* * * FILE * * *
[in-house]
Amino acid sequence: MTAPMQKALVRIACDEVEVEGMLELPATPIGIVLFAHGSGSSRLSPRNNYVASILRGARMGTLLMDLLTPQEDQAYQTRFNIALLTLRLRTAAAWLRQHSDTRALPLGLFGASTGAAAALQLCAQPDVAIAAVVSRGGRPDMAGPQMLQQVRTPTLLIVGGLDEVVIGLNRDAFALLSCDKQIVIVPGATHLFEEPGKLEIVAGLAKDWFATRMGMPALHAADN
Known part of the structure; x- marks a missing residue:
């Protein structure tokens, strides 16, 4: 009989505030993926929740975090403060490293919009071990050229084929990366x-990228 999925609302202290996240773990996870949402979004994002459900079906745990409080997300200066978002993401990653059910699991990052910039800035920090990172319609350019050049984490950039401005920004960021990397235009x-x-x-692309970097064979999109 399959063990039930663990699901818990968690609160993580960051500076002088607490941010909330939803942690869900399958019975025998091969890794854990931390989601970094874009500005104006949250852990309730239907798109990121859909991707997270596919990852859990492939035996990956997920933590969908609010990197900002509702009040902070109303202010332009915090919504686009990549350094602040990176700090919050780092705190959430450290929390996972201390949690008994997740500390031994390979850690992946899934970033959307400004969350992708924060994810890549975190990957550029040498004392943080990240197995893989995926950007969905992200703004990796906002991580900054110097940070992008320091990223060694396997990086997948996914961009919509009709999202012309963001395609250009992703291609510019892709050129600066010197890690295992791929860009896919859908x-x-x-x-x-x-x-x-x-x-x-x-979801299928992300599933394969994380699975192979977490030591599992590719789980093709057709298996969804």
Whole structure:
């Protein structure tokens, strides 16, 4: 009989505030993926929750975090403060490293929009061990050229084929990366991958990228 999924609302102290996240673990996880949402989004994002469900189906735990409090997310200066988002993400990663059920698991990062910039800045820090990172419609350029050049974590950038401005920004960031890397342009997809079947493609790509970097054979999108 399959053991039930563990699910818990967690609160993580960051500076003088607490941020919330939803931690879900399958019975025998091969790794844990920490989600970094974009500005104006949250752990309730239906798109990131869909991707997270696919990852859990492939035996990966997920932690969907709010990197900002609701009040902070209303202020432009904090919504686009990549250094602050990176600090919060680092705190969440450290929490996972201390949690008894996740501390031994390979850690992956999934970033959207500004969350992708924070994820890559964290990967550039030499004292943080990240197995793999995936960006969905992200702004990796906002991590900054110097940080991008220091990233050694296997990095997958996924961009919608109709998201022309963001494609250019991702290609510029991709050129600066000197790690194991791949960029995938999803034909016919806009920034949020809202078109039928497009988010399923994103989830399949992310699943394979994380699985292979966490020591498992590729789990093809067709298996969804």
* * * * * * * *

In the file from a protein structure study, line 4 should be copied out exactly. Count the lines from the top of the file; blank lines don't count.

């Protein structure tokens, strides 16, 4: 009989505030993926929740975090403060490293919009071990050229084929990366x-990228 999925609302202290996240773990996870949402979004994002459900079906745990409080997300200066978002993401990653059910699991990052910039800035920090990172319609350019050049984490950039401005920004960021990397235009x-x-x-692309970097064979999109 399959063990039930663990699901818990968690609160993580960051500076002088607490941010909330939803942690869900399958019975025998091969890794854990931390989601970094874009500005104006949250852990309730239907798109990121859909991707997270596919990852859990492939035996990956997920933590969908609010990197900002509702009040902070109303202010332009915090919504686009990549350094602040990176700090919050780092705190959430450290929390996972201390949690008994997740500390031994390979850690992946899934970033959307400004969350992708924060994810890549975190990957550029040498004392943080990240197995893989995926950007969905992200703004990796906002991580900054110097940070992008320091990223060694396997990086997948996914961009919509009709999202012309963001395609250009992703291609510019892709050129600066010197890690295992791929860009896919859908x-x-x-x-x-x-x-x-x-x-x-x-979801299928992300599933394969994380699975192979977490030591599992590719789980093709057709298996969804």